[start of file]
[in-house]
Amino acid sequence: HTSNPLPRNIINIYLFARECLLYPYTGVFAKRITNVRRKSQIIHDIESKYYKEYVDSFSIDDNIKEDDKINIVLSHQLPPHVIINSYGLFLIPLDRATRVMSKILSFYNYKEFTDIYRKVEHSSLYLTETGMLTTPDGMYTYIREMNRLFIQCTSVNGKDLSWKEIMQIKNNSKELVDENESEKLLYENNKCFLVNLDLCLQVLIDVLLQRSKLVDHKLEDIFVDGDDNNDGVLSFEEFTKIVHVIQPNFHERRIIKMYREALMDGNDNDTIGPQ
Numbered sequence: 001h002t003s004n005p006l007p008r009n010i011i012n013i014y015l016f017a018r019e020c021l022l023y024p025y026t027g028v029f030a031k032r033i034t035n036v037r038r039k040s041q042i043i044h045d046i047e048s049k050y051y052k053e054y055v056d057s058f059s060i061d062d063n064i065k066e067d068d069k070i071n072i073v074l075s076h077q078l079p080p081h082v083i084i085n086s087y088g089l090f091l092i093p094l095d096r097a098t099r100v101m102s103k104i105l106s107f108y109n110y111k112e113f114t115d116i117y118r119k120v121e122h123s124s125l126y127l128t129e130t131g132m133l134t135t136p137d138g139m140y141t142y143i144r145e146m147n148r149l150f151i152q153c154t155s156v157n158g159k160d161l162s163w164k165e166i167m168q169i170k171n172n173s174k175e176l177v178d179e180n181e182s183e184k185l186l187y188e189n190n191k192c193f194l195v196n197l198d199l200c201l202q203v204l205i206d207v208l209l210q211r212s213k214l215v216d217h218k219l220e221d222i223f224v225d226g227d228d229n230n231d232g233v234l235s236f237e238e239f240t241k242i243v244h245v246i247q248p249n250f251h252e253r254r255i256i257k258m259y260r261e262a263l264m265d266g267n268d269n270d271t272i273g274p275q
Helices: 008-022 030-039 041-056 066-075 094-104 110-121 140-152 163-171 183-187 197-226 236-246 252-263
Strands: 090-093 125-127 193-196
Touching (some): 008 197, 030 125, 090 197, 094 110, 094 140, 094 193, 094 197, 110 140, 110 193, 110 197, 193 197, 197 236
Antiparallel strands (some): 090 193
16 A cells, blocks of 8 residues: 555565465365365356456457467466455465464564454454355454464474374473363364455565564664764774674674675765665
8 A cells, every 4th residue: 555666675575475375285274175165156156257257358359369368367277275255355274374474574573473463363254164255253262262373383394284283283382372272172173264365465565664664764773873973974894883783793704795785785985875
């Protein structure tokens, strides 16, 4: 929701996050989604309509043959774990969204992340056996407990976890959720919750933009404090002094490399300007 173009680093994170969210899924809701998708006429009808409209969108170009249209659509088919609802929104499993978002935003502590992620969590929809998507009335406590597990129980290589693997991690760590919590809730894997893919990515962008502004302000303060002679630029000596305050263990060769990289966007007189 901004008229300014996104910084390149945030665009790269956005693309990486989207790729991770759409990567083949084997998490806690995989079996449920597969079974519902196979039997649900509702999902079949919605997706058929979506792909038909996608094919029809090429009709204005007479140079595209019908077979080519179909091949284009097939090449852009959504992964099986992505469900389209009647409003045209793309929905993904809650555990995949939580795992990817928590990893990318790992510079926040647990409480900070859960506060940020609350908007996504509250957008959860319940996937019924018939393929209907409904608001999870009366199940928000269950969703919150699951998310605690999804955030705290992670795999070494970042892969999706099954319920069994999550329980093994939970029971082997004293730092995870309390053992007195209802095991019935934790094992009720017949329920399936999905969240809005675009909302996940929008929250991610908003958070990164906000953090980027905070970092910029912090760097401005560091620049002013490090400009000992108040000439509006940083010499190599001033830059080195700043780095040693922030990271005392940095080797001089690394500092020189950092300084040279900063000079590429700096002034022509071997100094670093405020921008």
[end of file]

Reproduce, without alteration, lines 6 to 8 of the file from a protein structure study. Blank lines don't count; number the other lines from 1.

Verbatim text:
Touching (some): 008 197, 030 125, 090 197, 094 110, 094 140, 094 193, 094 197, 110 140, 110 193, 110 197, 193 197, 197 236
Antiparallel strands (some): 090 193
16 A cells, blocks of 8 residues: 555565465365365356456457467466455465464564454454355454464474374473363364455565564664764774674674675765665